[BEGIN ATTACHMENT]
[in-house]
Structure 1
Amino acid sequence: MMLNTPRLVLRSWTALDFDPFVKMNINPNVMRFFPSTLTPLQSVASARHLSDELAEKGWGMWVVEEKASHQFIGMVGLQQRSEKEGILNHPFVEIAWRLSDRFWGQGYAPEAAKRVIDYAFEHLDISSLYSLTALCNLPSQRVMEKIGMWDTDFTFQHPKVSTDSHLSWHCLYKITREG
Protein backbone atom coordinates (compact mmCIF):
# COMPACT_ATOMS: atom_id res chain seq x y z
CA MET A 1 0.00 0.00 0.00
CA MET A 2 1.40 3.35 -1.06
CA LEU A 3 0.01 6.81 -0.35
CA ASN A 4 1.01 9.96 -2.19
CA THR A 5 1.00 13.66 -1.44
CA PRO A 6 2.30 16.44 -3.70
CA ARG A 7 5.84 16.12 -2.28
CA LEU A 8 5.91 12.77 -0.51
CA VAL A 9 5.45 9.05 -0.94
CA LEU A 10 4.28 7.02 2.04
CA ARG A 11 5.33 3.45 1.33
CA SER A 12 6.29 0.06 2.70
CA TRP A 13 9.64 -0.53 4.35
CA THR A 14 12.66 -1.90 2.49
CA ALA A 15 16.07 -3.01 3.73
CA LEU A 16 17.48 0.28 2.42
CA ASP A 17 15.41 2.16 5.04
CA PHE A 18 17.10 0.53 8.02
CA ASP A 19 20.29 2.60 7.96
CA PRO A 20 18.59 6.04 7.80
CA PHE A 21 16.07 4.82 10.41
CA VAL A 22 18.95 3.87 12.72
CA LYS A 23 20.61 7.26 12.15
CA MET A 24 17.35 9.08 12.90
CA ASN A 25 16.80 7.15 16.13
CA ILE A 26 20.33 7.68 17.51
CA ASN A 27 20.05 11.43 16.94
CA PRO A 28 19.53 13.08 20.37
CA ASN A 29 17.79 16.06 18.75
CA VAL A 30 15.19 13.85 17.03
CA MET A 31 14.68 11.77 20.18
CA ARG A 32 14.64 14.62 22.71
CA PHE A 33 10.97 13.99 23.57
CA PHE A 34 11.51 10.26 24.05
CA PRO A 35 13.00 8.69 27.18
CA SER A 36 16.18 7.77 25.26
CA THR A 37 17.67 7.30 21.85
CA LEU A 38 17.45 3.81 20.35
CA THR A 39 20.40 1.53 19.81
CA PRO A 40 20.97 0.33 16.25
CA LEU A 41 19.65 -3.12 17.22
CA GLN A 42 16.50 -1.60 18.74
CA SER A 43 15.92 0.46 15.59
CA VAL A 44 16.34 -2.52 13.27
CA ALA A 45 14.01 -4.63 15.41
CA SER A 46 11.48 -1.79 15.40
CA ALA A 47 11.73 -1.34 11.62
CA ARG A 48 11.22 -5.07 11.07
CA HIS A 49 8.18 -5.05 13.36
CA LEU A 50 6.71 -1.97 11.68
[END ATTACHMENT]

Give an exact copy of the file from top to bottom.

[in-house]
Structure 1
Amino acid sequence: MMLNTPRLVLRSWTALDFDPFVKMNINPNVMRFFPSTLTPLQSVASARHLSDELAEKGWGMWVVEEKASHQFIGMVGLQQRSEKEGILNHPFVEIAWRLSDRFWGQGYAPEAAKRVIDYAFEHLDISSLYSLTALCNLPSQRVMEKIGMWDTDFTFQHPKVSTDSHLSWHCLYKITREG
Protein backbone atom coordinates (compact mmCIF):
# COMPACT_ATOMS: atom_id res chain seq x y z
CA MET A 1 0.00 0.00 0.00
CA MET A 2 1.40 3.35 -1.06
CA LEU A 3 0.01 6.81 -0.35
CA ASN A 4 1.01 9.96 -2.19
CA THR A 5 1.00 13.66 -1.44
CA PRO A 6 2.30 16.44 -3.70
CA ARG A 7 5.84 16.12 -2.28
CA LEU A 8 5.91 12.77 -0.51
CA VAL A 9 5.45 9.05 -0.94
CA LEU A 10 4.28 7.02 2.04
CA ARG A 11 5.33 3.45 1.33
CA SER A 12 6.29 0.06 2.70
CA TRP A 13 9.64 -0.53 4.35
CA THR A 14 12.66 -1.90 2.49
CA ALA A 15 16.07 -3.01 3.73
CA LEU A 16 17.48 0.28 2.42
CA ASP A 17 15.41 2.16 5.04
CA PHE A 18 17.10 0.53 8.02
CA ASP A 19 20.29 2.60 7.96
CA PRO A 20 18.59 6.04 7.80
CA PHE A 21 16.07 4.82 10.41
CA VAL A 22 18.95 3.87 12.72
CA LYS A 23 20.61 7.26 12.15
CA MET A 24 17.35 9.08 12.90
CA ASN A 25 16.80 7.15 16.13
CA ILE A 26 20.33 7.68 17.51
CA ASN A 27 20.05 11.43 16.94
CA PRO A 28 19.53 13.08 20.37
CA ASN A 29 17.79 16.06 18.75
CA VAL A 30 15.19 13.85 17.03
CA MET A 31 14.68 11.77 20.18
CA ARG A 32 14.64 14.62 22.71
CA PHE A 33 10.97 13.99 23.57
CA PHE A 34 11.51 10.26 24.05
CA PRO A 35 13.00 8.69 27.18
CA SER A 36 16.18 7.77 25.26
CA THR A 37 17.67 7.30 21.85
CA LEU A 38 17.45 3.81 20.35
CA THR A 39 20.40 1.53 19.81
CA PRO A 40 20.97 0.33 16.25
CA LEU A 41 19.65 -3.12 17.22
CA GLN A 42 16.50 -1.60 18.74
CA SER A 43 15.92 0.46 15.59
CA VAL A 44 16.34 -2.52 13.27
CA ALA A 45 14.01 -4.63 15.41
CA SER A 46 11.48 -1.79 15.40
CA ALA A 47 11.73 -1.34 11.62
CA ARG A 48 11.22 -5.07 11.07
CA HIS A 49 8.18 -5.05 13.36
CA LEU A 50 6.71 -1.97 11.68